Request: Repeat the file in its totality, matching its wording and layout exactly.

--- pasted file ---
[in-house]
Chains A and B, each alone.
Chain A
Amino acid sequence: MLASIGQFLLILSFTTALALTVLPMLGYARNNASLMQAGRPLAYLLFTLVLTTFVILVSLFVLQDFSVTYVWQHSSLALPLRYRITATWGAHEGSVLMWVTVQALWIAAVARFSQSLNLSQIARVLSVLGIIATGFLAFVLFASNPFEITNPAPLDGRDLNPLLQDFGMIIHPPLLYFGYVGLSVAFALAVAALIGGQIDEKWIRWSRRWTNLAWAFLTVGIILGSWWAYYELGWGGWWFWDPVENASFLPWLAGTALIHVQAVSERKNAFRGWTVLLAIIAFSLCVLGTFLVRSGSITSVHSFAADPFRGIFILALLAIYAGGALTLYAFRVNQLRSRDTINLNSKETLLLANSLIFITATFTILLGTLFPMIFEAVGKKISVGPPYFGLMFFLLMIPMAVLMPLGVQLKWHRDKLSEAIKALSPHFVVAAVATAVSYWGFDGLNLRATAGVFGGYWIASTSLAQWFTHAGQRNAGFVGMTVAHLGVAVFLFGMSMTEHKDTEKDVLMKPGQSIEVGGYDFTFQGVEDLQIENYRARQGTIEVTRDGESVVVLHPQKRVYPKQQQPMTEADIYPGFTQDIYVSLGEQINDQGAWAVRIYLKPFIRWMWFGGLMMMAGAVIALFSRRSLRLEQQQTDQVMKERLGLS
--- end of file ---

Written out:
[in-house]
Chains A and B, each alone.
Chain A
Amino acid sequence: MLASIGQFLLILSFTTALALTVLPMLGYARNNASLMQAGRPLAYLLFTLVLTTFVILVSLFVLQDFSVTYVWQHSSLALPLRYRITATWGAHEGSVLMWVTVQALWIAAVARFSQSLNLSQIARVLSVLGIIATGFLAFVLFASNPFEITNPAPLDGRDLNPLLQDFGMIIHPPLLYFGYVGLSVAFALAVAALIGGQIDEKWIRWSRRWTNLAWAFLTVGIILGSWWAYYELGWGGWWFWDPVENASFLPWLAGTALIHVQAVSERKNAFRGWTVLLAIIAFSLCVLGTFLVRSGSITSVHSFAADPFRGIFILALLAIYAGGALTLYAFRVNQLRSRDTINLNSKETLLLANSLIFITATFTILLGTLFPMIFEAVGKKISVGPPYFGLMFFLLMIPMAVLMPLGVQLKWHRDKLSEAIKALSPHFVVAAVATAVSYWGFDGLNLRATAGVFGGYWIASTSLAQWFTHAGQRNAGFVGMTVAHLGVAVFLFGMSMTEHKDTEKDVLMKPGQSIEVGGYDFTFQGVEDLQIENYRARQGTIEVTRDGESVVVLHPQKRVYPKQQQPMTEADIYPGFTQDIYVSLGEQINDQGAWAVRIYLKPFIRWMWFGGLMMMAGAVIALFSRRSLRLEQQQTDQVMKERLGLS